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Mike McGinn enters the mayoral race

His campaign slogan is ‘Keep Seattle’

An aerial shot of the Greenwood neighborhood from 1969.
Seattle Municipal Archives

Former Seattle mayor Mike McGinn announced today that he’d be seeking another term.

McGinn was elected mayor in 2009, with a term from 2010 through 2013. He was unseated by current mayor Ed Murray in the 2013 general election.

An environmental and neighborhood activist and former state chair of the Sierra Club, McGinn spent his term advocating for increased bus and bike lanes—critics dubbed him “Mayor McSchwinn”—and against the Alaskan Way Viaduct replacement tunnel megaproject.

A Seattle Sonics fan, McGinn has also advocated for a SODO arena, but said his candidacy is unrelated to recent attention on redeveloping KeyArena.

McGinn’s campaign slogan—“Keep Seattle”—seemed nonsensical to many at first, but he explained it speaks to fighting for the city’s identity.

"We all benefit when we keep Seattle,” he said at a press conference at his Greenwood home Monday morning. “We can’t let this city become San Francisco."

“We have a wonderful city and major employers want to be here. That’s great,” said McGinn. “But the same people who have helped make this city what it is, who have made it so attractive, are the people being pushed out by growth.”

Campaign priorities include expanding affordable housing in Seattle.

He said he commends the current administration’s Housing, Affordability, and Livability Agenda and supports making it easier to increase density, but would launch a “neighborhood-driven planning process” to “invite everyone in.”

This is on-brand for McGinn, whose administration was notorious for convening a large quantity of public meetings.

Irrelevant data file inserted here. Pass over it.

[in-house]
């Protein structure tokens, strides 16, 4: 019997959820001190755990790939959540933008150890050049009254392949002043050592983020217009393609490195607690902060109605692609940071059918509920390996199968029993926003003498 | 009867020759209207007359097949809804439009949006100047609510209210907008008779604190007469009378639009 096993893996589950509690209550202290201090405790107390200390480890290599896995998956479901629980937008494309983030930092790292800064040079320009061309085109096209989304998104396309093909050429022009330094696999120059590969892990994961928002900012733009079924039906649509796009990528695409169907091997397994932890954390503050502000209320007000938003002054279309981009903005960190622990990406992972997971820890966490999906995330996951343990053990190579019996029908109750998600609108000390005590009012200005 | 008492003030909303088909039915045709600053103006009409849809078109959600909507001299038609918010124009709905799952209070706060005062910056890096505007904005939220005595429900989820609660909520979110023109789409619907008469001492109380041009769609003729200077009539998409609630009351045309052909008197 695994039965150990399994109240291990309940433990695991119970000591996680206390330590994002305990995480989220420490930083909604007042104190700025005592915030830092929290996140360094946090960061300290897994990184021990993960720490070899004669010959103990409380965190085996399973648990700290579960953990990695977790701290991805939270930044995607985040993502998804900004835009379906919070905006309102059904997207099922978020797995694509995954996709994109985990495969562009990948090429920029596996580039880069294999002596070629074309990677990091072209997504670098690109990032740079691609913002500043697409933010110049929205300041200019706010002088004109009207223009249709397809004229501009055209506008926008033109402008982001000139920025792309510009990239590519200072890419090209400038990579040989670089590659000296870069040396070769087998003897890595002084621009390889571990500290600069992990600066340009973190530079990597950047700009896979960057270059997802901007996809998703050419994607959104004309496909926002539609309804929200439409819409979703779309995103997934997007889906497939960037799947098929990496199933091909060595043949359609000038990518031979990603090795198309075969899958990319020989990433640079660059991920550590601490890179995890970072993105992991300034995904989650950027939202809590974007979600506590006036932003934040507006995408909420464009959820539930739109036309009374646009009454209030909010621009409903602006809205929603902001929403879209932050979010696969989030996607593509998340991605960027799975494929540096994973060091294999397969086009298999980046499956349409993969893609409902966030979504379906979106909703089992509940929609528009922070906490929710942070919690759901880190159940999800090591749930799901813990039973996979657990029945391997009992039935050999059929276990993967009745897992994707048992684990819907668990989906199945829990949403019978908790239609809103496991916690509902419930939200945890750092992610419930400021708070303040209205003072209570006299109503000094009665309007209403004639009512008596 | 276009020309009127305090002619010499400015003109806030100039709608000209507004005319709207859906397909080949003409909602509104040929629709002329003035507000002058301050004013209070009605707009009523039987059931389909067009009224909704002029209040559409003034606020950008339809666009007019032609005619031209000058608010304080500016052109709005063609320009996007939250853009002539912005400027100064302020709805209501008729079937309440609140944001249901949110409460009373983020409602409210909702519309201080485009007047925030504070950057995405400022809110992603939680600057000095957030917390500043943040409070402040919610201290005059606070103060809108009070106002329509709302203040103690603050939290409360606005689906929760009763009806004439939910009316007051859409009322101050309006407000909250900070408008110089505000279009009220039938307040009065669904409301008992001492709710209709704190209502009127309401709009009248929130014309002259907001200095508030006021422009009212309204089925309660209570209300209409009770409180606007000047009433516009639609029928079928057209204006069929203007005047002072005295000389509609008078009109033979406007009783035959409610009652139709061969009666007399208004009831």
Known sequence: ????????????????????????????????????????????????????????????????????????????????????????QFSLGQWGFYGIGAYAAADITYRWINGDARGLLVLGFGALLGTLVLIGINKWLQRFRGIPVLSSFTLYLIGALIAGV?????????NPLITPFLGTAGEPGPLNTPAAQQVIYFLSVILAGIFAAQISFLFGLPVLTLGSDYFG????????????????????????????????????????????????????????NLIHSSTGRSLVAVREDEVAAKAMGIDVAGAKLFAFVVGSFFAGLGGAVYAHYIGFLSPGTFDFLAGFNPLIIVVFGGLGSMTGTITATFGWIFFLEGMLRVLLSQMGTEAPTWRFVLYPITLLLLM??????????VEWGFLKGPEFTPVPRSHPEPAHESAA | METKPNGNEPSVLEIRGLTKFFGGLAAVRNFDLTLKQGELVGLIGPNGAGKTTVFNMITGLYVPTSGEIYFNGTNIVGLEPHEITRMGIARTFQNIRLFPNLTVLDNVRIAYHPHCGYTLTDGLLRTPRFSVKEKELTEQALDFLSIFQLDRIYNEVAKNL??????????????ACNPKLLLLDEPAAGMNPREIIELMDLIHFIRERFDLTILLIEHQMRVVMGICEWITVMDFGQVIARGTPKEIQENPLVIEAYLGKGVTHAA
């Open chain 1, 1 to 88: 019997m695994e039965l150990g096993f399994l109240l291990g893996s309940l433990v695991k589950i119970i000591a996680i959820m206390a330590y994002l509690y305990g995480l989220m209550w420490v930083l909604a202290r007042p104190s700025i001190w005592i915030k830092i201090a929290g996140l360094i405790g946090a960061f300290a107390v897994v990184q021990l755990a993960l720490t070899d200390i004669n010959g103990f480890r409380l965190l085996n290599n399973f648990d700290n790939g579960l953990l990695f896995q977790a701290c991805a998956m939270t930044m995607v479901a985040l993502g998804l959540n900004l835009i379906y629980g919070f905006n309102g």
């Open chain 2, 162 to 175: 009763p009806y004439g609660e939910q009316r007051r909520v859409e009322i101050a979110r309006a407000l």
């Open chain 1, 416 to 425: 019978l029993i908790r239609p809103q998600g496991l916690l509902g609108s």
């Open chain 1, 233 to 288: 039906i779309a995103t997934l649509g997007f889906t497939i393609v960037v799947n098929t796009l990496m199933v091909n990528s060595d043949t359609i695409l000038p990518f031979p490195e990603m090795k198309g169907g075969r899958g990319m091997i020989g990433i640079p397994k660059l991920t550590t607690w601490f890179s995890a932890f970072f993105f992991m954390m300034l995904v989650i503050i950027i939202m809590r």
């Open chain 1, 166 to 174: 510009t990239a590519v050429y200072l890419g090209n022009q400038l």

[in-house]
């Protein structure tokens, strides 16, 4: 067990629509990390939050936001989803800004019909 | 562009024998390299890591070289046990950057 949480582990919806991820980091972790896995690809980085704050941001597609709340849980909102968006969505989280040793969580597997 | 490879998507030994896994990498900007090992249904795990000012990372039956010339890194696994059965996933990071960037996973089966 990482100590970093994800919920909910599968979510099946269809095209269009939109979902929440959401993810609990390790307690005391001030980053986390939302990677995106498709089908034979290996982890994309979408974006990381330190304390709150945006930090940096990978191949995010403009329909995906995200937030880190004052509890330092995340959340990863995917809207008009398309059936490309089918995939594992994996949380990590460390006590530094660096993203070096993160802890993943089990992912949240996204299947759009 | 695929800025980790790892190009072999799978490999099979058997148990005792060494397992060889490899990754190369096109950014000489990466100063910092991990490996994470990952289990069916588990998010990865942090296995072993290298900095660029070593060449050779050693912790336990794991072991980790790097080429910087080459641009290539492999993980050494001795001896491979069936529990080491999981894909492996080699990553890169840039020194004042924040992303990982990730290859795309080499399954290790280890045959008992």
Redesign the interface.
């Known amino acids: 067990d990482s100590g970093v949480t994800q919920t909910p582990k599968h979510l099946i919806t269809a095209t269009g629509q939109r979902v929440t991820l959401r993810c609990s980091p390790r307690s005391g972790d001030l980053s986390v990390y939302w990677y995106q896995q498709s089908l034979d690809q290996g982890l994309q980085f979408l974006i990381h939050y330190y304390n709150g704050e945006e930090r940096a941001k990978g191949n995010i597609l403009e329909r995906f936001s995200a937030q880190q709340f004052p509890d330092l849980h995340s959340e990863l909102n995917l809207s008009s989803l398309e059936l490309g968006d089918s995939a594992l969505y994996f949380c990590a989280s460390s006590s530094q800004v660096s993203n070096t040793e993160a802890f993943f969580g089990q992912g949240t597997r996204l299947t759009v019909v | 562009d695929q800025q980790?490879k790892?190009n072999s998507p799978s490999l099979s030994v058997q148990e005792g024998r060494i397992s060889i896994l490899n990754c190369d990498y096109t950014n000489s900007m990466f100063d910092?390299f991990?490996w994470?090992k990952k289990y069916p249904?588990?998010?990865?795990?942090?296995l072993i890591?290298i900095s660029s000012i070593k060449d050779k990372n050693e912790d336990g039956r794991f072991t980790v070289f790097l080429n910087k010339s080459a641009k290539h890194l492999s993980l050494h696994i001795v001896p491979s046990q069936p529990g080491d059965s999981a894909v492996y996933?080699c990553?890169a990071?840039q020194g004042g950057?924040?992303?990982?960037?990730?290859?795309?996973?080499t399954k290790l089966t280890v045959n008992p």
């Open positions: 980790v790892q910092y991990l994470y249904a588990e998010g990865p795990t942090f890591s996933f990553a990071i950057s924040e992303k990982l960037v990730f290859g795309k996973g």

Mayoral candidate Nikkita Oliver also advocated bringing communities back to the table an event in late March. Her platform puts a high priority on fighting displacement.

McGinn’s platform also includes ending regressive taxes—taxes that hit poorest communities the hardest—including implementing a test-case income tax and a tax on big businesses. He encouraged the City Council to beat him to the punch and pass an income tax this year.

McGinn is the first candidate to announce after a lawsuit surfaced against current mayor Ed Murray alleging he had sexually abused a teenager in the ‘80s. Murray has denied that claim, as well as similar allegations by two other men.

In a statement, Murray’s campaign called McGinn’s administration “divisive.”

Murray, despite the allegations against him, has declared his intent to continue his campaign. Attorney, community organizer, and spoken-word artist Oliver announced that she’s running as a People’s Party candidate in early March.

In a press conference at his Greenwood home this morning, McGinn said he’s “really trying to avoid talking about the mayor’s legal troubles,” but that he “looked at the lay of the land” before announcing.

McGinn has remained a public figure since his time in the mayor’s office, and his announcement adds another clear frontrunner to the race.